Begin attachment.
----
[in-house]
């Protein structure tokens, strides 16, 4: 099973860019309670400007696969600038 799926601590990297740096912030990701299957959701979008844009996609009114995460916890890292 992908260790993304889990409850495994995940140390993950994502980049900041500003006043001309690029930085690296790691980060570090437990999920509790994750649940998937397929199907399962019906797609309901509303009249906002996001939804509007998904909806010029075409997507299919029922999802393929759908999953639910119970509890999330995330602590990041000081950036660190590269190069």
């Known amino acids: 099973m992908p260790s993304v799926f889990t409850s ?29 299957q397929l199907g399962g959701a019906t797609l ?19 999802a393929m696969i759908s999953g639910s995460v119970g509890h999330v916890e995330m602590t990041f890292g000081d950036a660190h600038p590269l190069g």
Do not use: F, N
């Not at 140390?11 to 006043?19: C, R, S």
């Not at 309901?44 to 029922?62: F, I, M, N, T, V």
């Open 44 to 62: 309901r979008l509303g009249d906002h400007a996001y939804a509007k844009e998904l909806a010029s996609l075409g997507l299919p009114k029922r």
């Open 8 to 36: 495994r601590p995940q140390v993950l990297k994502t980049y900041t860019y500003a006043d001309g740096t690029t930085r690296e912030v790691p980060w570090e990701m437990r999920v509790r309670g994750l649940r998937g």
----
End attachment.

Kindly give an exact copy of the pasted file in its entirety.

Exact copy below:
[in-house]
């Protein structure tokens, strides 16, 4: 099973860019309670400007696969600038 799926601590990297740096912030990701299957959701979008844009996609009114995460916890890292 992908260790993304889990409850495994995940140390993950994502980049900041500003006043001309690029930085690296790691980060570090437990999920509790994750649940998937397929199907399962019906797609309901509303009249906002996001939804509007998904909806010029075409997507299919029922999802393929759908999953639910119970509890999330995330602590990041000081950036660190590269190069």
């Known amino acids: 099973m992908p260790s993304v799926f889990t409850s ?29 299957q397929l199907g399962g959701a019906t797609l ?19 999802a393929m696969i759908s999953g639910s995460v119970g509890h999330v916890e995330m602590t990041f890292g000081d950036a660190h600038p590269l190069g």
Do not use: F, N
């Not at 140390?11 to 006043?19: C, R, S």
């Not at 309901?44 to 029922?62: F, I, M, N, T, V």
């Open 44 to 62: 309901r979008l509303g009249d906002h400007a996001y939804a509007k844009e998904l909806a010029s996609l075409g997507l299919p009114k029922r």
């Open 8 to 36: 495994r601590p995940q140390v993950l990297k994502t980049y900041t860019y500003a006043d001309g740096t690029t930085r690296e912030v790691p980060w570090e990701m437990r999920v509790r309670g994750l649940r998937g």